PRI­VATE PAIN OF A TRUE WAR­RIOR

EXCLUSIVE VIC­TO­RIA CROSS HERO RE­VEALS HOW TWIN TRAGEDIES FORGED HIM INTO ON OF OUR FIERCEST FIGHTERS, WRITER KRISTIN SHORTEN

Balonne Beacon - - VOODOO MEDICS -

Mark Don­ald­son faced bul­lets and bombs, saw mates killed in bat­tle and fa­mously ran into en­emy fire to help a wounded com­rade on his mul­ti­ple tours of Afghanistan. For him, it was all part of the job of be­ing a sol­dier.

Now, the Vic­to­ria Cross re­cip­i­ent has re­vealed to News Corp Aus­tralia that twin fam­ily tragedies in his teens helped forge the in­cred­i­ble re­silience that helped to make him a hero.

In a can­did in­ter­view for News’ se­ries Voodoo Medics, Don­ald­son said the sud­den death of his fa­ther and his mother’s dis­ap­pear­ance and sus­pected mur­der a few years later played a part in giv­ing him the men­tal strength to thrive amid the hor­ror of war.

“I was at peace with (the thought that) my mate could die, my friend could get wounded re­ally badly — and there were many in­stances where that hap­pened,” Don­ald­son said. “I was also at peace with the fact that it might hap­pen to me, and they might be the ones stand­ing there, look­ing over my body, and go­ing ‘gee, that sucked’.

“From my own ex­pe­ri­ence be­fore join­ing the mil­i­tary and hav­ing a few events hap­pen in life — and lots of peo­ple do — I learned not to look back on that, not to dwell on those things, be­cause it only holds you back.”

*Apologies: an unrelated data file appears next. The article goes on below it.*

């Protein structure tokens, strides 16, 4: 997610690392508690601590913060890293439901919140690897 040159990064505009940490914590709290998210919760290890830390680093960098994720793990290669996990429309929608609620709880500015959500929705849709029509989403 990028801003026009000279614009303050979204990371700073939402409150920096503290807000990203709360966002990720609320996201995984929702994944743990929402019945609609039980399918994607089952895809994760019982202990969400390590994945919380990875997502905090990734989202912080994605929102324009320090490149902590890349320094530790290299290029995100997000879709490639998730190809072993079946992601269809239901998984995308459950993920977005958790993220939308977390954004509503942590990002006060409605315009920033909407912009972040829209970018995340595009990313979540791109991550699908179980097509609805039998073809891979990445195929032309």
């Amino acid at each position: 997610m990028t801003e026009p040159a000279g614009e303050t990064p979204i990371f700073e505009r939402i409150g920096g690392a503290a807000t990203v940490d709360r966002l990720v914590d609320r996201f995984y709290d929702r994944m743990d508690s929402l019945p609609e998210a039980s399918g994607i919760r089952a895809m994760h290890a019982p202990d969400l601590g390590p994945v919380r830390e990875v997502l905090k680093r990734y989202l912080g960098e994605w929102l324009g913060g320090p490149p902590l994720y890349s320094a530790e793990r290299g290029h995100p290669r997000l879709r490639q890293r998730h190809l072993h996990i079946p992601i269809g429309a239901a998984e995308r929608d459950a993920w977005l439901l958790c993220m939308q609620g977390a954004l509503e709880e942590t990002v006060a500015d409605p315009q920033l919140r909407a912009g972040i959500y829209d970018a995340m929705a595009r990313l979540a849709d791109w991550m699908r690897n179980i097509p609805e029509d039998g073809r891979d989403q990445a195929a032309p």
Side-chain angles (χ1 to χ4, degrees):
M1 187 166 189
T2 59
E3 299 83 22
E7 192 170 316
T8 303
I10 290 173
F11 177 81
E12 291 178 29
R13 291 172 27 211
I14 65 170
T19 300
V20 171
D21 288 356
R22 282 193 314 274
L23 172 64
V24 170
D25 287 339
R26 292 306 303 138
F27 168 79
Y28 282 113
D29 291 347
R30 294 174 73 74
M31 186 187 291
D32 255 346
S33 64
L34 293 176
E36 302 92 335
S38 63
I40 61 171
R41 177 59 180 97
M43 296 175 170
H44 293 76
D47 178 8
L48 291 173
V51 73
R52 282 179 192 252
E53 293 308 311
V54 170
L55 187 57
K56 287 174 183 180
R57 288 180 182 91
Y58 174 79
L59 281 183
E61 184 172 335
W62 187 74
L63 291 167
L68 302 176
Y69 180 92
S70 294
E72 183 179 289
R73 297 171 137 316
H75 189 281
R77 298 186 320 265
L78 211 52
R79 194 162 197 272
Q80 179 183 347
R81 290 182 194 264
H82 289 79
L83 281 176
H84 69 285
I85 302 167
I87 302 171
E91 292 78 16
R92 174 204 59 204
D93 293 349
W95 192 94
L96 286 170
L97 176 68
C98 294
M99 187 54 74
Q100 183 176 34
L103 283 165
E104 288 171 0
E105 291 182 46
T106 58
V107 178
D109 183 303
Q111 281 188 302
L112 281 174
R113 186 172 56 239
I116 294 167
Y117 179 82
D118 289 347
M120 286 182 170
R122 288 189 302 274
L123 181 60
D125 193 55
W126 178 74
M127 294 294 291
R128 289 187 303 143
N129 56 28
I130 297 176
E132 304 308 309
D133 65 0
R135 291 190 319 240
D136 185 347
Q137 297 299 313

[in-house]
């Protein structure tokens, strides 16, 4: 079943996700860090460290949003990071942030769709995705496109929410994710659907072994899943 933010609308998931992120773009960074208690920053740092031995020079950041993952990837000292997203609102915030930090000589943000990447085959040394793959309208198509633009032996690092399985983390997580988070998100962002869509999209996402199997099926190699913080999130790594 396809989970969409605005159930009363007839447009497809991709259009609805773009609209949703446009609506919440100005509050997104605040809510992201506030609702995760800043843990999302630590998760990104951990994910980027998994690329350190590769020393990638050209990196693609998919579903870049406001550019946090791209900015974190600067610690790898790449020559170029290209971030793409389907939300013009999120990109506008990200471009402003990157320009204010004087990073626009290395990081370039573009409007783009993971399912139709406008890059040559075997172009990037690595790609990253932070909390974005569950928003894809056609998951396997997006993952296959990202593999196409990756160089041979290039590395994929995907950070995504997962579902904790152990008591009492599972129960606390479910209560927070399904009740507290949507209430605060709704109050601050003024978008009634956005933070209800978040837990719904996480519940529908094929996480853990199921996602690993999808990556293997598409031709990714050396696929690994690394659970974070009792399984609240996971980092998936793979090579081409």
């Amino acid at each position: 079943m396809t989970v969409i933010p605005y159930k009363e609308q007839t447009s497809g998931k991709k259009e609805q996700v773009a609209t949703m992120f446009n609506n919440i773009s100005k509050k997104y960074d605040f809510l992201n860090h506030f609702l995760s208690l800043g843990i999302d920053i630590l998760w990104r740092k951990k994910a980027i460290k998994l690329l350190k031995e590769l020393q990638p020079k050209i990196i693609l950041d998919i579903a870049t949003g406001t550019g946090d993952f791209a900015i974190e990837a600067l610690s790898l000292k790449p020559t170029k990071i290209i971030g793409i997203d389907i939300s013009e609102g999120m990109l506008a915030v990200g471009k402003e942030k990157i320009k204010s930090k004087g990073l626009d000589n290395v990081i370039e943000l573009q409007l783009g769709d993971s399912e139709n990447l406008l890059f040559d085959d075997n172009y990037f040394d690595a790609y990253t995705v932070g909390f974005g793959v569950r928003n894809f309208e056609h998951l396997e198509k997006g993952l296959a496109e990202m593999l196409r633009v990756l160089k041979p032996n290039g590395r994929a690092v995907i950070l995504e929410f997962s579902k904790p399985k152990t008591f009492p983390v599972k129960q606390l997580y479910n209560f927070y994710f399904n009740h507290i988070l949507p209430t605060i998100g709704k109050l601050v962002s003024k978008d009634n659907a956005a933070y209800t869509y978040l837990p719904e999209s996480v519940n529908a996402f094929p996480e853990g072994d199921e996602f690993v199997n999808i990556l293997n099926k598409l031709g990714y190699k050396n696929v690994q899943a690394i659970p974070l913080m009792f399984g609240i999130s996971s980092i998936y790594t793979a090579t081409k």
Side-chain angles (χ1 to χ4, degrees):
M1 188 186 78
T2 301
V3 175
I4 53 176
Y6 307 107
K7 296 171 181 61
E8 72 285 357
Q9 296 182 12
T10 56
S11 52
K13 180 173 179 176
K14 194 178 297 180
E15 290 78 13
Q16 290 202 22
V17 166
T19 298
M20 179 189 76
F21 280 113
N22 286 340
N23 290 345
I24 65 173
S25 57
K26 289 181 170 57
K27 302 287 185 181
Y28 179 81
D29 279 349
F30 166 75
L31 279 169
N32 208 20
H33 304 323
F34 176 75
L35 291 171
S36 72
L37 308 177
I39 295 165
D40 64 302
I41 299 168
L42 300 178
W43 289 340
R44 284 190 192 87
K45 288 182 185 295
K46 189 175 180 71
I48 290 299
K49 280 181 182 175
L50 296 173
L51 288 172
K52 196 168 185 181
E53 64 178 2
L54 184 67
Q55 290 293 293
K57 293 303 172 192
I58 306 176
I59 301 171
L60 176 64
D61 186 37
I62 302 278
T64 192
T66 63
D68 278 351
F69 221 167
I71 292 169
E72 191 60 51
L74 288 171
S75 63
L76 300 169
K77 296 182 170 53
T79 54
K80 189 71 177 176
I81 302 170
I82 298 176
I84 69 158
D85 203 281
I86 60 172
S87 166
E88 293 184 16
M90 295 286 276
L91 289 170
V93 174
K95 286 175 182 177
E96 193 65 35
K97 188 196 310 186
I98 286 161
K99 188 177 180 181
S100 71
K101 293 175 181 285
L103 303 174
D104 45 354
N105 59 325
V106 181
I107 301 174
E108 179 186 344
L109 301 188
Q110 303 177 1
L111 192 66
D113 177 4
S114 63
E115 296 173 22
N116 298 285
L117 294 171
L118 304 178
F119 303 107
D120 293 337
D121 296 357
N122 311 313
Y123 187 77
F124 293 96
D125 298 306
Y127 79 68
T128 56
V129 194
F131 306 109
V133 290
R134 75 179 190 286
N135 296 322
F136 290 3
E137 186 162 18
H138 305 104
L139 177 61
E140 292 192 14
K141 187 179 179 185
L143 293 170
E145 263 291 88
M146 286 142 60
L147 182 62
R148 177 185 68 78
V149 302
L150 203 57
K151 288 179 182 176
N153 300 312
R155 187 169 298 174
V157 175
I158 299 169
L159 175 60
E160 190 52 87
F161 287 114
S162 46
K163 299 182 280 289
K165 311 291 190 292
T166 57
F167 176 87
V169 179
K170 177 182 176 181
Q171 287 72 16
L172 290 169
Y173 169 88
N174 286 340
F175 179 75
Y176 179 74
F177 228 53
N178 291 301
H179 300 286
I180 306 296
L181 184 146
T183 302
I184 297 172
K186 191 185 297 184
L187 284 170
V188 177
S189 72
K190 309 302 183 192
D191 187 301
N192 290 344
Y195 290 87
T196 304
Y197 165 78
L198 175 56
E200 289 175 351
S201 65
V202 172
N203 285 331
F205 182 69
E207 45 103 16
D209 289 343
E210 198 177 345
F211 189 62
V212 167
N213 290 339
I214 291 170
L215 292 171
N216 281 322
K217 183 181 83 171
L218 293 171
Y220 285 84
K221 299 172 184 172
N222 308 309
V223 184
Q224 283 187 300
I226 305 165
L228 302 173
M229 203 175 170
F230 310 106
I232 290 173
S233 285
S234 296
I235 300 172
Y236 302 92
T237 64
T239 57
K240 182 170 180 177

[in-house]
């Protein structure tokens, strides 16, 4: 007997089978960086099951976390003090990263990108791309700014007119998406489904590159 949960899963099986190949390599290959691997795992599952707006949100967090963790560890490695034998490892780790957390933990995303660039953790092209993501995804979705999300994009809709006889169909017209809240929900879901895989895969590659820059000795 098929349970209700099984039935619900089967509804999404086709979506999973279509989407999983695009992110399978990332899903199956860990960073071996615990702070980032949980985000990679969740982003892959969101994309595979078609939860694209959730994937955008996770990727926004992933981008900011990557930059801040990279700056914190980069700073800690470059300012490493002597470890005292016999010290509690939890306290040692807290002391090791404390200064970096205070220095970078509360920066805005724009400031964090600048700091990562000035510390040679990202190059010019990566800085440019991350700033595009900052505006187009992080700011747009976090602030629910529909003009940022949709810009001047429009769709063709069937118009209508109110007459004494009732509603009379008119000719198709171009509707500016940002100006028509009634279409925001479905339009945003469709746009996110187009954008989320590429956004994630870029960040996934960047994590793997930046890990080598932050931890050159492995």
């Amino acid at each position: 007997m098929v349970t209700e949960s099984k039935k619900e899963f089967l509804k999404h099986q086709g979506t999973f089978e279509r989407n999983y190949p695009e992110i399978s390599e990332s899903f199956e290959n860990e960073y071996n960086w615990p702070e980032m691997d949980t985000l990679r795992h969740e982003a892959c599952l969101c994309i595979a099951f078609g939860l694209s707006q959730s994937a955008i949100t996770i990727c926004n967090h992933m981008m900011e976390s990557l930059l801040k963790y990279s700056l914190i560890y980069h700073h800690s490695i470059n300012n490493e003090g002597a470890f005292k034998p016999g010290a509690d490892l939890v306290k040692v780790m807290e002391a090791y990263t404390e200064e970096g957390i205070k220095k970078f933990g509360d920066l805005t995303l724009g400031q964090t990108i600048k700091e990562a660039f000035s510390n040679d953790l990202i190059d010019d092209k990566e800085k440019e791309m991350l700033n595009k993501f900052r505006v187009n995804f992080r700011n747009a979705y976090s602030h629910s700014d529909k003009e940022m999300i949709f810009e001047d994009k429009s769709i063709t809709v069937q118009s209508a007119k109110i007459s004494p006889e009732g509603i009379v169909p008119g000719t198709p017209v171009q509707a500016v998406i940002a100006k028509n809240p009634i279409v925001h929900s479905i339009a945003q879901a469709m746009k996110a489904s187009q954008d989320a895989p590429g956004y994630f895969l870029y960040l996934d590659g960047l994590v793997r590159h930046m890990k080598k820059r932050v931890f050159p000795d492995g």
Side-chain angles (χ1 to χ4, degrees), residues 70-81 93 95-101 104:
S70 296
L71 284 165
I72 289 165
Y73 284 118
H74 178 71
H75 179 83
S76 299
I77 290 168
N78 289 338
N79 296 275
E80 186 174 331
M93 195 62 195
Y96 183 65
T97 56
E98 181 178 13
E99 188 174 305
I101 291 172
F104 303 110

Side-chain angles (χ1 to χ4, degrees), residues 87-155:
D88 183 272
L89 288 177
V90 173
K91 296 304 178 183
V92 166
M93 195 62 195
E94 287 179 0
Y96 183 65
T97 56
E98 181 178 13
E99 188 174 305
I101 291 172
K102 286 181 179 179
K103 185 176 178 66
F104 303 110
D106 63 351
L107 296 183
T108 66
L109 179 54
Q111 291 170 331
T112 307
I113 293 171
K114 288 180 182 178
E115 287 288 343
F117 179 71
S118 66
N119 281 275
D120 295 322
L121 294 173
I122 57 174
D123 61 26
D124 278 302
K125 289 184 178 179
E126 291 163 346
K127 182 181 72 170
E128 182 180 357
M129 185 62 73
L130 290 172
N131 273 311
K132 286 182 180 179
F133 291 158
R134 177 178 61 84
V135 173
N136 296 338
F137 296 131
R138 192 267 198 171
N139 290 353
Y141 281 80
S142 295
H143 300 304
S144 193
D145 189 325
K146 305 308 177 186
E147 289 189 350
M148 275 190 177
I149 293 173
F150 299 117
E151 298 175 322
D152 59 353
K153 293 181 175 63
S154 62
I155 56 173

Re­silience is a com­mon char­ac­ter­is­tic among the Voodoo Medics — the name adopted by the un­sung he­roes in the elite group of med­i­cal sol­diers who de­ployed with Aus­tralia’s spe­cial forces in Afghanistan.

“The level of trauma the medics see, par­tic­u­larly in Afghanistan, from my ex­pe­ri­ence there, is hard to put into words. It’s tremen­dous,” he said.

Don­ald­son, 39, spoke frankly about the ado­les­cent tur­moil in his teenage years and how it in­flu­enced his de­ci­sions later in life.

Dis­as­ter struck the fam­ily when Don­ald­son was just 15. It was 1995, and his fa­ther Greg, a Viet­nam vet­eran, suf­fered a fa­tal heart at­tack.

A few years later Don­ald­son vis­ited his mother Ber­nadette for Christ­mas at her Dor­rigo home. It was the last time he saw her.

Four months later, he called her home one morn­ing to learn from a neigh­bour she had van­ished and that there were blood­stains through­out the house. She was 46.

Po­lice sus­pected mur­der, but two days later their chief sus­pect, Christo­pher Watt — a Bellin­gen man who was be­sot­ted with Ms Don­ald­son — com­mit­ted sui­cide in Bris­bane.

“(He) didn’t leave any notes or let­ters about what had hap­pened or her ex­is­tence or where she was, and even un­til this day she’s still miss­ing.”

In 1999, a coro­ner re­turned an open ver­dict after an in­quest, un­able to de­cide whether Ms Don­ald­son was dead or alive. A decade later, a sec­ond in­quest found Watt had mur­dered her.

In a bit­ter­sweet twist, 2009 was also the year Don­ald­son be­came the first Aus­tralian to be awarded a Vic­to­ria Cross in al­most four decades.

“The hard­est part is, to me, re­ally know­ing what hap­pened and re­ally piec­ing to­gether what hap­pened to her in her fi­nal mo­ments. That trauma that she prob­a­bly faced and that fear that she was un­der.

“What was she think­ing in those fi­nal mo­ments? They’re the things I’ll never ever be able to know.

“Prob­a­bly the other hard­est part is hav­ing my own chil­dren and she’s not around to see them grow up.”